When Miami deep sea fishing, you’re sure to find a variety of species. However, some are a bit harder to catch than others, and the triggerfish is one of them. These fish swim the warm Atlantic waters of Miami by using both the top and bottom fins and can often use them to stay in place, hovering with their dorsal fins to hover like a helicopter. They are also known to lock themselves in reefs when threatened to elicit protection, making it extremely difficult to break catch once doing so. Typically triggerfish can be tough to catch with just a hook and line since they do not strike at the bait.
Some nicknames include the taly, leather jackets, and leathernecks, but there are few different types of triggerfish:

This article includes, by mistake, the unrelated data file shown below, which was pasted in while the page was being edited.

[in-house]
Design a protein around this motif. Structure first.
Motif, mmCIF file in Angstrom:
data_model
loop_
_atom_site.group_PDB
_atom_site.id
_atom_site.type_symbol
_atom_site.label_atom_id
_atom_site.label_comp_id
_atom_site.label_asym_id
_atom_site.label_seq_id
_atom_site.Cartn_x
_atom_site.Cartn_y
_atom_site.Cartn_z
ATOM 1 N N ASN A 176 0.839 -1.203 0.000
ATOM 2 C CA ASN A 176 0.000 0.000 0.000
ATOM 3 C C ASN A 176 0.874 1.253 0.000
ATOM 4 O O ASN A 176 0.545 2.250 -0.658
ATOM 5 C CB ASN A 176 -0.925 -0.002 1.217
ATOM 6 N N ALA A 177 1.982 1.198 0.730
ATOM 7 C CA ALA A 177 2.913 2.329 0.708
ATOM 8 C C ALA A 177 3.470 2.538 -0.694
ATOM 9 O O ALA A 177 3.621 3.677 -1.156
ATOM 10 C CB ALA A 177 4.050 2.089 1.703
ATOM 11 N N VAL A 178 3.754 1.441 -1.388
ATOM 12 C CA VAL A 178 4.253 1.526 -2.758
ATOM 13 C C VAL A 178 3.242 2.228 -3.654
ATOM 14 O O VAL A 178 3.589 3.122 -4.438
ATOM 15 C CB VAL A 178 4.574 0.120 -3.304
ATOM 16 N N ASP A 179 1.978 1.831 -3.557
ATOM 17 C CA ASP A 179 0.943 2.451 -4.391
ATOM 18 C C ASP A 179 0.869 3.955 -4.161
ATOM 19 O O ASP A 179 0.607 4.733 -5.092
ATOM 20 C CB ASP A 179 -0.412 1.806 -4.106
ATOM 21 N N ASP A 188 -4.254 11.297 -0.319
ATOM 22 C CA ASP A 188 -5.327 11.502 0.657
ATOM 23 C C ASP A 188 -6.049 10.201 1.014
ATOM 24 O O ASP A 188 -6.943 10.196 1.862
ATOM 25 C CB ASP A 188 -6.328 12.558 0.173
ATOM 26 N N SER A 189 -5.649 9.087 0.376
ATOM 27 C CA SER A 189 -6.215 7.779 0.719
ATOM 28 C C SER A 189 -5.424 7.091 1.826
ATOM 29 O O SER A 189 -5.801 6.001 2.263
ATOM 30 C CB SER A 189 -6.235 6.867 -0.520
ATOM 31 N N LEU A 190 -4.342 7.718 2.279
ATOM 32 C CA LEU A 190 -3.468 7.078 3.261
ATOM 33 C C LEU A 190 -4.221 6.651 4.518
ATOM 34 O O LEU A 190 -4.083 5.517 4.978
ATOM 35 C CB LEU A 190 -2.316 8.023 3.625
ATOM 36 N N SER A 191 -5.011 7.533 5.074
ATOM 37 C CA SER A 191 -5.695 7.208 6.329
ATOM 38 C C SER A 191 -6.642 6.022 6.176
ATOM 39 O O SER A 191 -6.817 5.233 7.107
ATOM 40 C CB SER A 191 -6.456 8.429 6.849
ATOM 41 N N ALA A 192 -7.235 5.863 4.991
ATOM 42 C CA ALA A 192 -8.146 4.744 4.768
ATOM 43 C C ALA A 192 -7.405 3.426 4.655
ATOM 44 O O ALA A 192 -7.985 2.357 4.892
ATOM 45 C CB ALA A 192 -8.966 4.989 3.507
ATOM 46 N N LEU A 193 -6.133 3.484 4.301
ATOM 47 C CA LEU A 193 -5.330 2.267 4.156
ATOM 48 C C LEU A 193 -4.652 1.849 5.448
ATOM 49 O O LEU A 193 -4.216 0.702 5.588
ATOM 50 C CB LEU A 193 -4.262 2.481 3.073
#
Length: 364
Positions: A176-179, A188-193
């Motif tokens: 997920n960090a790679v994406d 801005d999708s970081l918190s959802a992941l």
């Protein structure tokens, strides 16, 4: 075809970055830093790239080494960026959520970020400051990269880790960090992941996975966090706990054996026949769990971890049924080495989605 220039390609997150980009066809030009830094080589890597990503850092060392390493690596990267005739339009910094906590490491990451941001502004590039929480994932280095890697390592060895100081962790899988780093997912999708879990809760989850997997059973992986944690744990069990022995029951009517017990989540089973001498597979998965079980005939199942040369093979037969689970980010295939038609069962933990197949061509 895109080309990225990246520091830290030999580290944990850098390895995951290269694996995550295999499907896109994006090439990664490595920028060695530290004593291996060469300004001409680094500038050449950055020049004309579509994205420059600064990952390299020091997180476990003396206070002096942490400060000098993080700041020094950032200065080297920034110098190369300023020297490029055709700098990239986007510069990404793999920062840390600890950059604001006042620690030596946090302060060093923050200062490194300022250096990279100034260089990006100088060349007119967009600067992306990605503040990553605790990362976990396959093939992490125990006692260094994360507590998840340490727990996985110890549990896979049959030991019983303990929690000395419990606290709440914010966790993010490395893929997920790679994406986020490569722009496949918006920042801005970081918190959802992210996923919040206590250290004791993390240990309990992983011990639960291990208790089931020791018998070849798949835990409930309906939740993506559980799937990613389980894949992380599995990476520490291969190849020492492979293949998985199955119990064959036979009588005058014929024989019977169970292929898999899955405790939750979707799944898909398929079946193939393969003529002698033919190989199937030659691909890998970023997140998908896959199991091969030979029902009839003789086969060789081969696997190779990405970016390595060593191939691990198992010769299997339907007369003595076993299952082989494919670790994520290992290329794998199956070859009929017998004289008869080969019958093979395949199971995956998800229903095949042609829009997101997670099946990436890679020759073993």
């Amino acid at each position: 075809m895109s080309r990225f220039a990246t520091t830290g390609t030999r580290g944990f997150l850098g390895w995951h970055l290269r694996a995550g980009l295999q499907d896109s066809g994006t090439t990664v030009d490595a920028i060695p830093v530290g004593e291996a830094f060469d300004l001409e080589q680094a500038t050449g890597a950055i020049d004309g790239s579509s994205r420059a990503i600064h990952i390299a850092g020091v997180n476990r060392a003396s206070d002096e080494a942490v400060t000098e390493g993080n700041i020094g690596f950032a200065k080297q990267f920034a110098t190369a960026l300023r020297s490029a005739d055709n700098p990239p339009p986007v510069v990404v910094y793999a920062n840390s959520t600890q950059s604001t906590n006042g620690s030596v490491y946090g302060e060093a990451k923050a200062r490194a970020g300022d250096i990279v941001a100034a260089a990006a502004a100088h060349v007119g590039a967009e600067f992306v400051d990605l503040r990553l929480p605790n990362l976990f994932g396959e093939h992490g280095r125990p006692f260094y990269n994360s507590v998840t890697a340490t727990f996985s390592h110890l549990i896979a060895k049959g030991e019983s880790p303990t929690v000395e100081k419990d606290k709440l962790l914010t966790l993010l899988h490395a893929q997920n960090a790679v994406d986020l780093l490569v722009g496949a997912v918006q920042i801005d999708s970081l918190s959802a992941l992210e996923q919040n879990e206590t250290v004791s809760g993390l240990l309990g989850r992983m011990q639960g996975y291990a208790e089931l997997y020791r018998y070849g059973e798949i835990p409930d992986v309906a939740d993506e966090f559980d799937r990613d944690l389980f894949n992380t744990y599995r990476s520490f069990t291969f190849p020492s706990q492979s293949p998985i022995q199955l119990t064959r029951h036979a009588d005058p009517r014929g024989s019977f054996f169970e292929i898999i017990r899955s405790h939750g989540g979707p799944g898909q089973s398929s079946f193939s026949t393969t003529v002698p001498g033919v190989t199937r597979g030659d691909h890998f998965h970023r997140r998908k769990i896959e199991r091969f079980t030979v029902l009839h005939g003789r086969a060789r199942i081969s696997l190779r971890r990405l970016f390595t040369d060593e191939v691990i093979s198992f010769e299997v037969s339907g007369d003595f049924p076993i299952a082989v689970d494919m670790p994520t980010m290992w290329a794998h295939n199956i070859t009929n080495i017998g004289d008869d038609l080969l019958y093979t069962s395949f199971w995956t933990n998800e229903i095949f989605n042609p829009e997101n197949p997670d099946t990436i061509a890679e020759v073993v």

Grey triggerfish: mostly found in the Atlantic ocean as far as Argentina and Nova Scotia to the north. Adults are usually an olive-gray color with blue spots and lines on the upper body. During their nesting season (April to August), they can change color - males a dark charcoal grey and females with black and white patterns.
Queen triggerfish: not often found by anglers, but if they are, they are found in water ranging from 10 to 98 feet.
The grey and queen triggerfish species enjoy rock bottom, reeds, and shipwrecks and can travel in either a group or solo. Young triggerfish will be yellow and have violet dots. Both types have extremely large and sharp teeth with rough skin, so watch out if you catch one while Miami fishing!